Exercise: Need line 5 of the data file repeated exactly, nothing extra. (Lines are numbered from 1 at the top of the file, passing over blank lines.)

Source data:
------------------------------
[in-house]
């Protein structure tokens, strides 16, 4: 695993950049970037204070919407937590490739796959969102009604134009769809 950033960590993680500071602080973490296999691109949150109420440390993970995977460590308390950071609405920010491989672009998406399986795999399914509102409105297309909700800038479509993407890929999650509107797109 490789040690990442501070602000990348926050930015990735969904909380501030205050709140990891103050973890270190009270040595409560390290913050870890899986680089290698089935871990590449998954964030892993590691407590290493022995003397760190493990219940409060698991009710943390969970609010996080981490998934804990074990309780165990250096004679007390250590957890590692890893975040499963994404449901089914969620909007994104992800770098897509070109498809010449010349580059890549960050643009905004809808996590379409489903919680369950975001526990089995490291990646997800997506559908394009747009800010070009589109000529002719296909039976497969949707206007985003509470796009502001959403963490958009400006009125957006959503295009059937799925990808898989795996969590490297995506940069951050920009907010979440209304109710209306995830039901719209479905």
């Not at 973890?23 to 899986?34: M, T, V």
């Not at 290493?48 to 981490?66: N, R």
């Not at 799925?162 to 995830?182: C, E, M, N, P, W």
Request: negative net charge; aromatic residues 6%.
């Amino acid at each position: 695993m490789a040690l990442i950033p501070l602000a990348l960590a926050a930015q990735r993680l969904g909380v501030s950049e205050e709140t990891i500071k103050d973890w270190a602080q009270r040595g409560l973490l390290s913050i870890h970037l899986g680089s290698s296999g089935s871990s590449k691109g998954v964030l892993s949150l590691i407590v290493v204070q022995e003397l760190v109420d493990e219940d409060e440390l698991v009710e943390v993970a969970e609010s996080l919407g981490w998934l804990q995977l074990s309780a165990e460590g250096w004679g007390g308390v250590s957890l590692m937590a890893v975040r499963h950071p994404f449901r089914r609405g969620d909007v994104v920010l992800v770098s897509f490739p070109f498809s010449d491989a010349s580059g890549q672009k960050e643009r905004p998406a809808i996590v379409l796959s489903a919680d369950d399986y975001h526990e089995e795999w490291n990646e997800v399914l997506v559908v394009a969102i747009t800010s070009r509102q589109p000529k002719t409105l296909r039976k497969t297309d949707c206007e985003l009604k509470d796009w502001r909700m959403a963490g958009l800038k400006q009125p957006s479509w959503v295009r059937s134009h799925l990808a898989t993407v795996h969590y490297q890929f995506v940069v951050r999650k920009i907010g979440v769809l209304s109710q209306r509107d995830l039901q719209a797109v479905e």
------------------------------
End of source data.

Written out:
């Not at 799925?162 to 995830?182: C, E, M, N, P, W």